Policy option 3: creating enabling environment that will facilitate private sector investment in the health sector One of the ways to address the equity issue and bridge the gap among the wealth quintiles as indicated by the EQUIST analysis, is to encourage more private sector investment in health since the government sector cannot meet all the health needs of the population. It is important to institute mechanisms that will facilitate the investment into the health sector by the organized private sector in partnership with government authorities. The government should provide enabling environment that will be attractive enough to private investors in the modern medicine sector so they can invest in it. Santi and Weigert [31], argued that the main obstacle to the involvement of private investors is the low solvency of demand, despite the growing need for increasingly diversified healthcare. Differences in essential newborn care at birth between private and public health facilities are well established [39]. In some countries including Kenya and Nigeria, available reports show that considerably more deliveries occur in private clinics and hospitals than in public ones [40-43]. Among the mandates of the newly launched Every Newborn Action Plan is coordinated support and effort amongst private sector providers of delivery services and newborn care [44]. In Nigeria, private maternity care was the preferred place of delivery because of the problems associated with public owned hospitals including low quality of facilities, absence of staff, poor perceived quality, long waiting times, and high costs [40]. It is therefore imperative for the enactment of policies that will facilitate the engagement of the private sector to increase accessibility to reproductive and child health care [39]. The Forum on Engaging the Private Sector in Child Health (FORUM-EPSCH) in an earlier report advised governments of low income settings to take urgent steps to engage the private sector in order to achieve health goals especially as they affect child health [45]. The FORUM-EPSCH [45], stressed the importance of identifying suitable catalysts for developing public-private partnerships in the health sector including enabling policy environment, coalition building among health professional associations, increased funding, and investing in monitoring and evaluation.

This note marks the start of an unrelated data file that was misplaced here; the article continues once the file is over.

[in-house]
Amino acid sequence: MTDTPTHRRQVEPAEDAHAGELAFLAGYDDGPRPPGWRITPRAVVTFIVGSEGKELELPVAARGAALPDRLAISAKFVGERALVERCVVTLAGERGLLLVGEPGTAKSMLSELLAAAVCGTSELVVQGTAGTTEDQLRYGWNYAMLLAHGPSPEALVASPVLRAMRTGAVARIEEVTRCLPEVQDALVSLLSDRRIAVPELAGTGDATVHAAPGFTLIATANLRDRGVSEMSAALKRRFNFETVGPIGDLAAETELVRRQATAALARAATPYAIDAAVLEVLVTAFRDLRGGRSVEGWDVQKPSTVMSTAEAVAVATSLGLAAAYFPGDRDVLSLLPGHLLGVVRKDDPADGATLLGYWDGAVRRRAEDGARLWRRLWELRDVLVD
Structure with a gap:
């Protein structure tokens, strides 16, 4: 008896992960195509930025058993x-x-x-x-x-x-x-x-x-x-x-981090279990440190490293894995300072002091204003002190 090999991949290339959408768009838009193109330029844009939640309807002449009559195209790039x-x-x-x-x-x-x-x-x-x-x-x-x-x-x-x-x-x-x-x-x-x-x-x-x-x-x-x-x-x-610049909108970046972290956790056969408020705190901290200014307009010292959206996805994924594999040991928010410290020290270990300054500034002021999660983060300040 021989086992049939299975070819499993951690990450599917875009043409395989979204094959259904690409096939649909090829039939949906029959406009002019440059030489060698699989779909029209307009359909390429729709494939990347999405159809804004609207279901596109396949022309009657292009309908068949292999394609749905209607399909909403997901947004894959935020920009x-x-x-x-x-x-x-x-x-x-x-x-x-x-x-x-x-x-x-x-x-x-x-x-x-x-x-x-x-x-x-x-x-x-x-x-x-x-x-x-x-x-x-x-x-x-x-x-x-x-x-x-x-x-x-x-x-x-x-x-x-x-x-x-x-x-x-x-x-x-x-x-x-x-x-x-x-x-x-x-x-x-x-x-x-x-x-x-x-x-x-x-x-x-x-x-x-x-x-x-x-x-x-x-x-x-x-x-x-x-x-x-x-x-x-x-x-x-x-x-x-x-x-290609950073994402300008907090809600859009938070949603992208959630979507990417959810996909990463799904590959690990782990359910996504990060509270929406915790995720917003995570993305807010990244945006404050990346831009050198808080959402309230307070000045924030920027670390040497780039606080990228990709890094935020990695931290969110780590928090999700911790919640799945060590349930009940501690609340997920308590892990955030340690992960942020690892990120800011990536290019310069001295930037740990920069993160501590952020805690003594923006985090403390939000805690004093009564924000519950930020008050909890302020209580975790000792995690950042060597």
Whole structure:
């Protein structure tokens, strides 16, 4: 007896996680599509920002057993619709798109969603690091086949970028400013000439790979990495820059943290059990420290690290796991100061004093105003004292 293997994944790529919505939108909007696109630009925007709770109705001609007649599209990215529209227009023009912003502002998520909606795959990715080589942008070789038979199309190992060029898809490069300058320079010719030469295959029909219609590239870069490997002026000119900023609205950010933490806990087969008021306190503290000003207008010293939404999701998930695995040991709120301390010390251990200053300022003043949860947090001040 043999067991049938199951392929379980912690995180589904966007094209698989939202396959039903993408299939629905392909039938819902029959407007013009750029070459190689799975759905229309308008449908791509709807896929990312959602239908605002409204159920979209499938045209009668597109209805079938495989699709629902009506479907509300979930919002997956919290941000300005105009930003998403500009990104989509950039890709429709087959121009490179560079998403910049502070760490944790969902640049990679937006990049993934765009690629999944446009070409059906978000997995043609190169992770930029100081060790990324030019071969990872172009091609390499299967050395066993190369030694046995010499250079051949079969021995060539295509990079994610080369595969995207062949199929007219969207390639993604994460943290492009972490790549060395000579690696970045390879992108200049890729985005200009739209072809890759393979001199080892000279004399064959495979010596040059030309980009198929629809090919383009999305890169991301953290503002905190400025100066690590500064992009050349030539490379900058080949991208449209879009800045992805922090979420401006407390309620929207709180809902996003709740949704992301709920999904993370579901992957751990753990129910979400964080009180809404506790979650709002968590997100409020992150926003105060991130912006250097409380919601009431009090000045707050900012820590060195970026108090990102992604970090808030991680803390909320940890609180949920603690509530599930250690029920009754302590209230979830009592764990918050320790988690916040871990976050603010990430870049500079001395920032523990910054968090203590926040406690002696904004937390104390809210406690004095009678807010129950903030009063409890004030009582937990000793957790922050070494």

Policy option 4: establishing effective Health insurance schemes through strong health systems reforms. Health insurance scheme is one of the intervention packages with a very high potential of improving the MNCH as shown by EQUIST. The objective of establishing functional and effective health insurance schemes is not to follow a universal coverage model that exists elsewhere, but rather to design one that is adapted to the needs of the region and evolves as progress is achieved [31]. In Africa, irrespective of the existence of multi-ethnic, cultural, tradition, lingual and religious diversity and differences, there is still a very strong social bonding which manifests in the establishment of homogenous social groups. The social In Nigeria as in any other African country, any health insurance scheme that is anchored on social bonding culture of the population is most likely to succeed. This is important because available reports have indicated that the so-called formal health insurance scheme has not really worked in most of the African countries [46-48]. Of all the types of health insurance schemes, the Community-Based Health Insurance (CBHI) and Mutual Health Insurance (MHI) schemes have been shown to have the highest potential of success in a population where strong social bonding exists [49-51]. A typical example of success is the case of Senegal where the pooling of resources helps to increase the solvency of the poorest patients, especially in rural areas, where mutual health organizations (les mutuelles de santé) have fuelled attendance in health institutions and a decline in health expenditure among the poorest members of the various communities [31-52].